Despite a three-goal run in the second period and an intense late-game push, the United States fell 4-3 to Canada in Saturday’s semifinal contest at the IIHF World Championship.
The U.S. rallied from down 2-0, putting up three straight markers from Auston Matthews, David Warsofsky and Tyler Motte. But Canada bounced back with goals from Derick Brassard and Ryan Ellis to take the win.
Now Canada moves on to face the undefeated Finnish squad for gold. After going five tournaments without a medal of any kind, Canada will push for back-to-back victories, the first since Russia did it in 2008 and 2009.
Meanwhile, Russia awaits the U.S. for the right to not go home empty-handed.
— Robert Söderlind (@HockeyWebCast) May 21, 2016
1. Was This Inevitable?
Of course not, but it feels that way. The U.S. boasts the youngest roster in the tournament, with an average age just over 23. Canada has an all-NHL lineup with best-on-best caliber players. There isn’t a single player on the U.S. that will be on their World Cup roster. For the U.S. a loss to Germany during the preliminary round, followed by an overtime loss to Slovakia, made it look unlikely that they’d be competing for hardware of any kind.
It’s a stark contrast between the two national squads, and a U.S. win would have been seen as a serious upset.
Ultimately, no one accepts a loss with a smile, but it was, insofar as this exists, a good loss for the U.S. They were outmatched and they played hard, holding a lead for a long stretch and they gave Canada a scare late with a dominant third period, in which they outshot their northern neighbors 11-4.
2. A Coming Classic
The first match between Canada and Finland wasn’t the punch drunk heavyweight championship many hoped, but Canada isn’t likely to go down quite as easy in a second match.
The undefeated Finns versus the defending champions could be a great game. Mikko Koskinen was great in net for Finland on Saturday, and there are plenty of Finns that are exciting for a fan of any team to watch. Particularly youngsters Sebastian Aho and Patrik Laine, who played a major role in all three goals Saturday.
It has the potential to be a gold medal contest worth remembering.
3. Auston Matthews, Still No. 1
There was a sense from many that Worlds would be the final verdict on whether Laine’s late-season surge would allow him to unseat Matthews as the number one overall pick in the 2016 draft. It was a little ridiculous to boil down a huge amount of scouting and years of play to a single seven-game tournament, but, in the end, little has changed.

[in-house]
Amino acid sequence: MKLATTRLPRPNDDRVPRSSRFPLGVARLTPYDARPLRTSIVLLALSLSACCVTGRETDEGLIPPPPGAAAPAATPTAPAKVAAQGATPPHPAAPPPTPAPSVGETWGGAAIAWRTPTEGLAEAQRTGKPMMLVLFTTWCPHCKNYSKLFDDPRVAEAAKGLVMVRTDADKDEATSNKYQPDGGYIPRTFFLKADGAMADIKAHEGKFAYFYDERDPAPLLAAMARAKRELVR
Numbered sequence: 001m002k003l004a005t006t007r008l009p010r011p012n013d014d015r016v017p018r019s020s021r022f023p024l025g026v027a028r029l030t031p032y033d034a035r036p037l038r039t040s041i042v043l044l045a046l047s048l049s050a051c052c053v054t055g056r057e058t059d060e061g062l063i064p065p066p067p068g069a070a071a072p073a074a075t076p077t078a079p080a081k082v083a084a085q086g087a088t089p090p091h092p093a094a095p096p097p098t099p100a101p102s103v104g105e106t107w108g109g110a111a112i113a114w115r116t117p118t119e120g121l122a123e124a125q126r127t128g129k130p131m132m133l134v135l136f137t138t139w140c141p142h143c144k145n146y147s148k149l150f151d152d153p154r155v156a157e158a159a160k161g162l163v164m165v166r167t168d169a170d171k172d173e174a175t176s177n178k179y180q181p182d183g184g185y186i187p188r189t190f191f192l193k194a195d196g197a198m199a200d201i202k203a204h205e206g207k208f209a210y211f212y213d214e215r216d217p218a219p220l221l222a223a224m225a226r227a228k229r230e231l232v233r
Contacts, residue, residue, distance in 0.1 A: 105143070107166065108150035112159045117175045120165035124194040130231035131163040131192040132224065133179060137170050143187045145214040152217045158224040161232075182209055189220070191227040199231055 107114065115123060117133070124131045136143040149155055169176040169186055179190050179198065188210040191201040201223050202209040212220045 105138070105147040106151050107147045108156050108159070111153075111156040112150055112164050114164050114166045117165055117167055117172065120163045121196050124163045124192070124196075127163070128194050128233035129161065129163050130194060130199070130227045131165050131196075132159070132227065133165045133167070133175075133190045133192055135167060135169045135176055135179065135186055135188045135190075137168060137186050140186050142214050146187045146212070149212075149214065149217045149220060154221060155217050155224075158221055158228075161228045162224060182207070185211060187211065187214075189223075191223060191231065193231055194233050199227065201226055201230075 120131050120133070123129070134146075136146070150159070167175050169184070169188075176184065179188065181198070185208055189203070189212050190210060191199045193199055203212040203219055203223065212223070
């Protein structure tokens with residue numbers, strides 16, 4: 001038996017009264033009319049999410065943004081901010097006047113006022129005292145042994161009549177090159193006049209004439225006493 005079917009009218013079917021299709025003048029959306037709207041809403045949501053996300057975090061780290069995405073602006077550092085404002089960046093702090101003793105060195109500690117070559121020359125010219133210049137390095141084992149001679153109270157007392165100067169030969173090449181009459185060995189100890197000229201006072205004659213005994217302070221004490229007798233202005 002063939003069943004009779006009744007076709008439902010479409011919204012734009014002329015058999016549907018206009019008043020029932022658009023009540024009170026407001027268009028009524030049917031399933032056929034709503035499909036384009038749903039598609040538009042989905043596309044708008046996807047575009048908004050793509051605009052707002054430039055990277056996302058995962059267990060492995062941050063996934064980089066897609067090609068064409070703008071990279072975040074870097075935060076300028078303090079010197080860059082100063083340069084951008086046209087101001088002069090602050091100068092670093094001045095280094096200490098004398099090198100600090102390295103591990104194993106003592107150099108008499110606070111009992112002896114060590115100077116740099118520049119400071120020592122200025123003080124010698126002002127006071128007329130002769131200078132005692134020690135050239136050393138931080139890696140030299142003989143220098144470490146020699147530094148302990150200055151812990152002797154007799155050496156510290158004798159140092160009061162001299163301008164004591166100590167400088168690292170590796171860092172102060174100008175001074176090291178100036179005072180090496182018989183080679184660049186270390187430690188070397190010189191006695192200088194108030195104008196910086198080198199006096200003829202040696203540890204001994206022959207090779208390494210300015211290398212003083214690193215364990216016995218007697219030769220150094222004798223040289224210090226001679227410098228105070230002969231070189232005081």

Laine has been great, MVP worthy. But Matthews has been very good too, being named one of his team’s three best players Saturday.
The biggest takeaway may not be that Laine has put up the second most points by an 18-year-old at Worlds in history — though that’s hugely impressive — but that Matthews defensive skill translates to facing NHL-quality competition.
He’s been fantastic at both ends of the ice and there’s no way that Toronto is prepping jerseys with anything other than “Matthews” on the back.
4. Brad Marchand Should Be on the World Cup Roster
It’s not that simple, but there was a case for it before. After a 37-goal season, his case grew. Now, he’s making the most of his last chance to impress Hockey Canada brass before they wound out their World Cup roster.
It’s not just the four goals and six points in nine games that have impressed, but what he’s brought all over the ice. He’s been intense, able to play key situations, showed great situational awareness and has had flashes of the offensive prowess he showed during the regular season with the Bruins.
Canada tends to be a finesse team, and that shouldn’t be different at this year’s World Cup with Sidney Crosby, John Tavares, Jamie Benn, Tyler Seguin and Steven Stamkos among the names already announced. Marchand would be a counterpoint and a Swiss army knife that could be deployed in many ways without sacrificing offense.
He’s made the case, being able to do just about anything Team Canada needs him to here. He was even named one of the team’s three best players of the tournament.
It’ll be tough for it to actually happen though, with names like Logan Couture, Claude Giroux, Taylor Hall, Rick Nash, Matt Duchene, Ryan Johanson, Ryan O’Reilly and Corey Perry among the players not named to the team so far.
Canada will face Finland at 1:45pm ET for the 2016 World Championship gold medal.
Dustin Nelson writes about news and the Minnesota Wild for The Hockey Writers.